But then a Texas governor might well have other things on his mind, as political analyst Craig Crawford suggested after the debate. He might be thinking about all the campaign money that could flow from bankers and traders who still lust after that trillion-dollar privatization windfall.

If that is what was on Perry’s mind, he should have glanced over at a sad and hopeless candidate who may not make it to the next Republican debate. Once a rising Senator from Pennsylvania, Rick Santorum endorsed Bush’s privatization plan in 2005, during a series of town hall meetings with angry constituents. The following year they made sure that he became “former Senator Santorum.”

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Copyright 2011 The National Memo
  • rumpunch

    Anyone of middle or lower income who supports the view of people who want to do away with SS,either in it’s entirity or “as we know it” (nice tricky little phrase), might as well just get a stick and poke it in their foot. Are we going to say it’s a Ponzi scheme when our tax money is converted into the labor of police officers who in turn protect our community? Bernie Madoff, the pal of many of the folks who want our SS dollars, ran a Ponzi scheme. US Treasury Bonds aren’t a Ponzi scheme or the moneyed folks in our society wouldn’t be investing in them rather than putting their dollars back in to the economy.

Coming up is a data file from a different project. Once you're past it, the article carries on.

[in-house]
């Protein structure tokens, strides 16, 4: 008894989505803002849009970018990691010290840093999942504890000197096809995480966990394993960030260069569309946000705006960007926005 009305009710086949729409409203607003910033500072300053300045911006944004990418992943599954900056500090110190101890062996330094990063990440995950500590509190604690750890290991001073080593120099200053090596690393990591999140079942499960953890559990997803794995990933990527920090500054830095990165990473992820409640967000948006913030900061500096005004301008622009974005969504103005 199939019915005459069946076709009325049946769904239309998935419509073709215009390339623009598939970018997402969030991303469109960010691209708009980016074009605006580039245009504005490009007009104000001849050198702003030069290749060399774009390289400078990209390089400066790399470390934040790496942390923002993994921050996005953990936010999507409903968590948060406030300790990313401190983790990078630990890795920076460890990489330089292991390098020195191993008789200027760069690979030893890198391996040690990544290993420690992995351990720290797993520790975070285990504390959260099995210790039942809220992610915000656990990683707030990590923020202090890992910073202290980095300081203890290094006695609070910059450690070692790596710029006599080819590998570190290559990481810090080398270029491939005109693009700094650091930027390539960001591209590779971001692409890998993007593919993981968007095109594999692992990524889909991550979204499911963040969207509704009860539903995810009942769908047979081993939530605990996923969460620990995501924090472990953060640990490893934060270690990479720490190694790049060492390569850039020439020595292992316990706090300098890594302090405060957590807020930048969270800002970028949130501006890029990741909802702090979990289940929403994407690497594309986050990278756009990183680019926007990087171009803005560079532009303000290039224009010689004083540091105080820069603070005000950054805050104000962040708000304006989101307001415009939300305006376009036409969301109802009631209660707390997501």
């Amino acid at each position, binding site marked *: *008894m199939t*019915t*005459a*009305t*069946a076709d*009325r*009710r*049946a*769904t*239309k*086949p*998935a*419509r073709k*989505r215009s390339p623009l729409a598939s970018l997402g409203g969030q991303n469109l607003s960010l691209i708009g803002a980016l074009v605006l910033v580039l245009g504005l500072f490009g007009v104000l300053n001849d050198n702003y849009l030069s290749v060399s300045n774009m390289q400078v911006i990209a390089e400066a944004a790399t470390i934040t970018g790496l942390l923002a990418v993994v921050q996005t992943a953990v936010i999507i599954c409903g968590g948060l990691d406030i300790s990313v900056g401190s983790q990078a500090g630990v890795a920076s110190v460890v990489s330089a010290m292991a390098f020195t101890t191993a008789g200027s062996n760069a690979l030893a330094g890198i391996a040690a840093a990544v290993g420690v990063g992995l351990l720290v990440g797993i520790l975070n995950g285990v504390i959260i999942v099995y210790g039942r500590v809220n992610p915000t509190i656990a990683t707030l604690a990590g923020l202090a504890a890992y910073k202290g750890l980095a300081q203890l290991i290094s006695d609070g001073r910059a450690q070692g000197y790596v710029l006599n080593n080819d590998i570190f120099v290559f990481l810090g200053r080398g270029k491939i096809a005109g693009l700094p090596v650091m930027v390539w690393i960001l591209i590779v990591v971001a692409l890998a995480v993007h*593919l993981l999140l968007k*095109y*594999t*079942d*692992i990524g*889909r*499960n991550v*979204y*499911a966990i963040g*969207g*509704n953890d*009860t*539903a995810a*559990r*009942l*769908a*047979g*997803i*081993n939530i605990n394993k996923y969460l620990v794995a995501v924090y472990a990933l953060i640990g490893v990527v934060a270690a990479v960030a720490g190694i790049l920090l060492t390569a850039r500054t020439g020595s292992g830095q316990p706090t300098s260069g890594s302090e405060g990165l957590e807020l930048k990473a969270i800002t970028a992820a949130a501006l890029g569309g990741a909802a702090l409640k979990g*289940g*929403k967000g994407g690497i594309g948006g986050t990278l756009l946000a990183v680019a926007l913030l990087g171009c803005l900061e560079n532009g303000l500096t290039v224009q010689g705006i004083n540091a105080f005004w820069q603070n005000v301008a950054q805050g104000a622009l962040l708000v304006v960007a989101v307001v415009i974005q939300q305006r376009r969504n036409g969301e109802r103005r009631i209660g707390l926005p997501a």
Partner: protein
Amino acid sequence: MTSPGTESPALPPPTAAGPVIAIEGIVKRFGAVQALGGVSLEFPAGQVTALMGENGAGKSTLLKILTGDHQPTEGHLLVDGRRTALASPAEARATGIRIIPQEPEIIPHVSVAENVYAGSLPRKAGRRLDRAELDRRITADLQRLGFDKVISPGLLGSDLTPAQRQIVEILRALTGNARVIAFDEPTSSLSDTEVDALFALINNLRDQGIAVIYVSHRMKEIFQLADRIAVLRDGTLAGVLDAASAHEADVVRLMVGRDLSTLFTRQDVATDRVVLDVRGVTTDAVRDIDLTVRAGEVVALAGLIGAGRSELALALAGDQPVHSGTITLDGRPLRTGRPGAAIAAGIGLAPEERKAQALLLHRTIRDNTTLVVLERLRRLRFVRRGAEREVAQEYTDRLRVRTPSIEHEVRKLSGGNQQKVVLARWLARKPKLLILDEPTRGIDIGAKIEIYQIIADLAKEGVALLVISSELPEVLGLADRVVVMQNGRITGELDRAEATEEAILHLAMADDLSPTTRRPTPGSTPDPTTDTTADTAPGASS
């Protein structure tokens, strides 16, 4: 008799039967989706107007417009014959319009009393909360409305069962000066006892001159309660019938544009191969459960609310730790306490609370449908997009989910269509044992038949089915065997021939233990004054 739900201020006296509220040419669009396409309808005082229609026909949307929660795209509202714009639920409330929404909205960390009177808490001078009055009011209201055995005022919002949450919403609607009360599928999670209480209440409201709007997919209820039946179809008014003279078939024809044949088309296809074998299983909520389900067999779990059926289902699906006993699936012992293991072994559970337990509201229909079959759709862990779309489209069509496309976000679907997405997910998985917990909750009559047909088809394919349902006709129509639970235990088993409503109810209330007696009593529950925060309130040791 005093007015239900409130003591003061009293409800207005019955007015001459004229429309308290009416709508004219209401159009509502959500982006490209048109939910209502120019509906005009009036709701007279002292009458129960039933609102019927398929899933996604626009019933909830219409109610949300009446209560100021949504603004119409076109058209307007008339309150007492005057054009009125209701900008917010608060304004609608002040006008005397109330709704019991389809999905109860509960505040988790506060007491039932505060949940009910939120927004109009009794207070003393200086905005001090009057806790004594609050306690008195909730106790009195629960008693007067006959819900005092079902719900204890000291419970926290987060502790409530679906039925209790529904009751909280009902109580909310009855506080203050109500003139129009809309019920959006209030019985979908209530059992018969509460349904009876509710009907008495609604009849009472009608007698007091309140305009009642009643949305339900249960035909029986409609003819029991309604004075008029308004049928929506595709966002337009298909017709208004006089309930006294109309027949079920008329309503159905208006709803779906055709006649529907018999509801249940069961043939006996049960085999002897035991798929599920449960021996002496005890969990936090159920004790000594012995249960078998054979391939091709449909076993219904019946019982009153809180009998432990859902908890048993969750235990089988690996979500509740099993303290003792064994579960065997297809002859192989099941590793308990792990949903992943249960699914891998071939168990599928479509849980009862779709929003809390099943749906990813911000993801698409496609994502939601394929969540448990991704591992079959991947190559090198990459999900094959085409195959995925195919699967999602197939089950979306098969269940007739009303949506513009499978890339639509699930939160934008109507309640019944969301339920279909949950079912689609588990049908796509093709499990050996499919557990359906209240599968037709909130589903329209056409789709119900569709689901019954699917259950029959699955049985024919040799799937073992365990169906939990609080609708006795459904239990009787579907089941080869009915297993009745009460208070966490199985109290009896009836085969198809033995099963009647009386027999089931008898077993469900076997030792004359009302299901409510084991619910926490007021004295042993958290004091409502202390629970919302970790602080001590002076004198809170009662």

• FranklinWheeler

    Would you prefer to have a candidate that ignores that by mere mathmatics that the Social Security program will eventually implode based on its “Ponzi Scheme”-like structure? Isn’t the fact that Perry has labeled the program as a ponzi scheme more apt to generate conversation and eventually a political discussion on how to save the program versus the head in the sand approach the Democrats seem to have adopted? You don’t refute the fact that the retirment sector of our economy is outpacing the younger generation of workers do you? Do the math Joe. We are not employing our younger workers at an even pace with our retiring community. Eventually the younger generations are going to decide they don’t want to live in one room apartments working minimum wage jobs as their grandparents trade in their RVs for a bigger and better vacation vehicle.